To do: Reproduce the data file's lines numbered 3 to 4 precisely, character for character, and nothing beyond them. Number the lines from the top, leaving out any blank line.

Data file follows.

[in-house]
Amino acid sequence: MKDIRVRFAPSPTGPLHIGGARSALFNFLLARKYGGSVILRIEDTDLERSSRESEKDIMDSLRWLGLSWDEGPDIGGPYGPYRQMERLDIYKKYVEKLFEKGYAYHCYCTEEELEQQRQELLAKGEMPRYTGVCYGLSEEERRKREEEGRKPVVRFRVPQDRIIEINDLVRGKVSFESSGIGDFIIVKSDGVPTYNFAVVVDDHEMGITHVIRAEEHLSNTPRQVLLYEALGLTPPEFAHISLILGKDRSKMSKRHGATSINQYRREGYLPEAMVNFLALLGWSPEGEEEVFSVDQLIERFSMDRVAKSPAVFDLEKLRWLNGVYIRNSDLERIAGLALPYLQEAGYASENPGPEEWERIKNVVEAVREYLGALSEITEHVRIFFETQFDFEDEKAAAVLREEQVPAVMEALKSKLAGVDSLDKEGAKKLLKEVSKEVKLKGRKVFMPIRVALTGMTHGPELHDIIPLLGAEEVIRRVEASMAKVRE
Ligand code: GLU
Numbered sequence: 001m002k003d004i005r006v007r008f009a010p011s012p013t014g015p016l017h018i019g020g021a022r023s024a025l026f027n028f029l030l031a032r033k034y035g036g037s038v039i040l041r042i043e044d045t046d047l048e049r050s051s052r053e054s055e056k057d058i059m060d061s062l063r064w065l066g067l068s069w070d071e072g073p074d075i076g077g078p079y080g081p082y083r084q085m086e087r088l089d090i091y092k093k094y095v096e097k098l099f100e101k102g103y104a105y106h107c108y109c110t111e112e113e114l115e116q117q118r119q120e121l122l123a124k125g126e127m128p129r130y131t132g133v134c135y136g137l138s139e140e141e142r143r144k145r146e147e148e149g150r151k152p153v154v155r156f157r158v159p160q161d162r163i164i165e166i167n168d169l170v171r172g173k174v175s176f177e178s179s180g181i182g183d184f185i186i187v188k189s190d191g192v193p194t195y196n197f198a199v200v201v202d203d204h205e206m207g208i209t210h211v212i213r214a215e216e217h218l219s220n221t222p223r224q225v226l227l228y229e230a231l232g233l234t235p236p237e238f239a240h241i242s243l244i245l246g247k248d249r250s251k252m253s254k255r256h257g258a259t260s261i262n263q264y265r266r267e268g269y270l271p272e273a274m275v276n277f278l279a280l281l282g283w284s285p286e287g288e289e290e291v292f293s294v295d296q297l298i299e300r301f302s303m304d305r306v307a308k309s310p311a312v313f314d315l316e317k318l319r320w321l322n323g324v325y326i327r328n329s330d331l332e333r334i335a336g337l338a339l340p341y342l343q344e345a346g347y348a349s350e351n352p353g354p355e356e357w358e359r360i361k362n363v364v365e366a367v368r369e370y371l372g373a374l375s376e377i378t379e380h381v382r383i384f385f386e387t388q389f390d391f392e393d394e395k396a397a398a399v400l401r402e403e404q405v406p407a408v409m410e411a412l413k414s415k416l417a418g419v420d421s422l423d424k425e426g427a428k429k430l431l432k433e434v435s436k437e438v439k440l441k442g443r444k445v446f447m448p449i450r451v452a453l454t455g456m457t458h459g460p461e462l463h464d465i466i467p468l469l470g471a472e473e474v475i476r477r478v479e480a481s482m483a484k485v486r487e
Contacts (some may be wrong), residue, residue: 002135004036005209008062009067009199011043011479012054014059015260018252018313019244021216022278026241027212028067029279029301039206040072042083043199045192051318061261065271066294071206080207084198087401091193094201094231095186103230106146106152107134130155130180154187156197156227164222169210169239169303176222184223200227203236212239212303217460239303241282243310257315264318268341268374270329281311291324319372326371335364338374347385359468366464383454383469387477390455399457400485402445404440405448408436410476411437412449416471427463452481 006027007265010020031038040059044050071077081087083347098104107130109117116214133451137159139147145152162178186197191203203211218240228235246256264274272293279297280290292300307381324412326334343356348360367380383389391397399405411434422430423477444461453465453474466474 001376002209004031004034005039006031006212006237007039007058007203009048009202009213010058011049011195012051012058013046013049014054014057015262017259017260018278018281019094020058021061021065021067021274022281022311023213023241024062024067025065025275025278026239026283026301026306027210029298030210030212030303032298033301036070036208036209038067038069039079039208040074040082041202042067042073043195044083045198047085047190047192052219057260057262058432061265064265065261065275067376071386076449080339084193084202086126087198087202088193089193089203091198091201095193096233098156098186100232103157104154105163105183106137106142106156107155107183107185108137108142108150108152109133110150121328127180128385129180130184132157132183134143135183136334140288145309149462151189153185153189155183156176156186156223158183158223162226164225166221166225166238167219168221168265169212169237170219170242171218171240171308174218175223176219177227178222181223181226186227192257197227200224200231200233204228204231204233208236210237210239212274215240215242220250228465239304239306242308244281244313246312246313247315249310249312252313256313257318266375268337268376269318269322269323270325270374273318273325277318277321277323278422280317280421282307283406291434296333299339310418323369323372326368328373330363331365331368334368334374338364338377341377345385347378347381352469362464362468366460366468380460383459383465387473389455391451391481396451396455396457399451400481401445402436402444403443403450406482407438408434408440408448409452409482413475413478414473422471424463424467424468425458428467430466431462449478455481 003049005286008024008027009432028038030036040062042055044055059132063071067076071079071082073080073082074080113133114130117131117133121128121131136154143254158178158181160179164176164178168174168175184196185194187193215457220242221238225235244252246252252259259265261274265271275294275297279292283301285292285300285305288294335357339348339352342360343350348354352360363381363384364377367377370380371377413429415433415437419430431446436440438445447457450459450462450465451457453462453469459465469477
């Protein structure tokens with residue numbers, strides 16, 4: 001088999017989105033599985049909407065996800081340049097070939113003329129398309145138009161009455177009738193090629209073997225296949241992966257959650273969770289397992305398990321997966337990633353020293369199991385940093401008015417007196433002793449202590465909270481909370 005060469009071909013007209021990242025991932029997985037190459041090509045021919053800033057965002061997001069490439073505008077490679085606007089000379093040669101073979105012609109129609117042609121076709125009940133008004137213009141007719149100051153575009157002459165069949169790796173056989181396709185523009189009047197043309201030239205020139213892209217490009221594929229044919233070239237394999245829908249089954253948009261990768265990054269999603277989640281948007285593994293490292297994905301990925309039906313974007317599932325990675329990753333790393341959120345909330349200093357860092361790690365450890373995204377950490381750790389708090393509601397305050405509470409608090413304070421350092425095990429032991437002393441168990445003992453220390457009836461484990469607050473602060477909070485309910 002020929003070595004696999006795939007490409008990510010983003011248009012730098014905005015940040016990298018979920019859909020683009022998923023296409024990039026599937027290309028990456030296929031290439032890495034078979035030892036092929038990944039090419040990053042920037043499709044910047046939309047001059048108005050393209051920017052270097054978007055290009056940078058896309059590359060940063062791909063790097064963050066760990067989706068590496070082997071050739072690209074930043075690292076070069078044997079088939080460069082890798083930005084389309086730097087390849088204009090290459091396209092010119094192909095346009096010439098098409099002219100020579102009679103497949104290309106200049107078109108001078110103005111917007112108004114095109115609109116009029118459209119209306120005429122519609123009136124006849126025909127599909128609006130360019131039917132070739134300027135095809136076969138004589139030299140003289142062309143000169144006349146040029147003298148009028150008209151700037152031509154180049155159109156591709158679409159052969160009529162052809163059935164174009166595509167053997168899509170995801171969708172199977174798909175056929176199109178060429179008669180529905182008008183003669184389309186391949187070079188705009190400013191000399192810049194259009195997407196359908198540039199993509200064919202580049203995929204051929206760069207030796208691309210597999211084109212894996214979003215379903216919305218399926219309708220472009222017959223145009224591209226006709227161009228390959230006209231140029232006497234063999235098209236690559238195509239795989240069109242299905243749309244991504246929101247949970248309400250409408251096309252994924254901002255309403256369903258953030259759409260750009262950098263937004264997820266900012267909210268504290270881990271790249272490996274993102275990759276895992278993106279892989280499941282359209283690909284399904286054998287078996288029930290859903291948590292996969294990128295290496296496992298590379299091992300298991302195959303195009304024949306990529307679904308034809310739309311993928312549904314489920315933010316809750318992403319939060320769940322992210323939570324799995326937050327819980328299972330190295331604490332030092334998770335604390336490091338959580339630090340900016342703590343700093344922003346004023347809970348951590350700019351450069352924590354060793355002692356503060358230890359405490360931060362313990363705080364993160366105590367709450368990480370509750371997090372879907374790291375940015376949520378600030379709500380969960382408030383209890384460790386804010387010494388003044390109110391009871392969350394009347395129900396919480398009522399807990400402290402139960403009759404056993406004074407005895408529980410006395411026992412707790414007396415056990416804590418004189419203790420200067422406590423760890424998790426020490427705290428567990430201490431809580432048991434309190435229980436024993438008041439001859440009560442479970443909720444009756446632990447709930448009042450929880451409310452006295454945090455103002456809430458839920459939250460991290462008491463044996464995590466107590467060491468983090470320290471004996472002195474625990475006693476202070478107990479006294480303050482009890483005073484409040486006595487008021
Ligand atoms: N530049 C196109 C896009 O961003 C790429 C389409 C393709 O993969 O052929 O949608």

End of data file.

Ligand code: GLU
Numbered sequence: 001m002k003d004i005r006v007r008f009a010p011s012p013t014g015p016l017h018i019g020g021a022r023s024a025l026f027n028f029l030l031a032r033k034y035g036g037s038v039i040l041r042i043e044d045t046d047l048e049r050s051s052r053e054s055e056k057d058i059m060d061s062l063r064w065l066g067l068s069w070d071e072g073p074d075i076g077g078p079y080g081p082y083r084q085m086e087r088l089d090i091y092k093k094y095v096e097k098l099f100e101k102g103y104a105y106h107c108y109c110t111e112e113e114l115e116q117q118r119q120e121l122l123a124k125g126e127m128p129r130y131t132g133v134c135y136g137l138s139e140e141e142r143r144k145r146e147e148e149g150r151k152p153v154v155r156f157r158v159p160q161d162r163i164i165e166i167n168d169l170v171r172g173k174v175s176f177e178s179s180g181i182g183d184f185i186i187v188k189s190d191g192v193p194t195y196n197f198a199v200v201v202d203d204h205e206m207g208i209t210h211v212i213r214a215e216e217h218l219s220n221t222p223r224q225v226l227l228y229e230a231l232g233l234t235p236p237e238f239a240h241i242s243l244i245l246g247k248d249r250s251k252m253s254k255r256h257g258a259t260s261i262n263q264y265r266r267e268g269y270l271p272e273a274m275v276n277f278l279a280l281l282g283w284s285p286e287g288e289e290e291v292f293s294v295d296q297l298i299e300r301f302s303m304d305r306v307a308k309s310p311a312v313f314d315l316e317k318l319r320w321l322n323g324v325y326i327r328n329s330d331l332e333r334i335a336g337l338a339l340p341y342l343q344e345a346g347y348a349s350e351n352p353g354p355e356e357w358e359r360i361k362n363v364v365e366a367v368r369e370y371l372g373a374l375s376e377i378t379e380h381v382r383i384f385f386e387t388q389f390d391f392e393d394e395k396a397a398a399v400l401r402e403e404q405v406p407a408v409m410e411a412l413k414s415k416l417a418g419v420d421s422l423d424k425e426g427a428k429k430l431l432k433e434v435s436k437e438v439k440l441k442g443r444k445v446f447m448p449i450r451v452a453l454t455g456m457t458h459g460p461e462l463h464d465i466i467p468l469l470g471a472e473e474v475i476r477r478v479e480a481s482m483a484k485v486r487e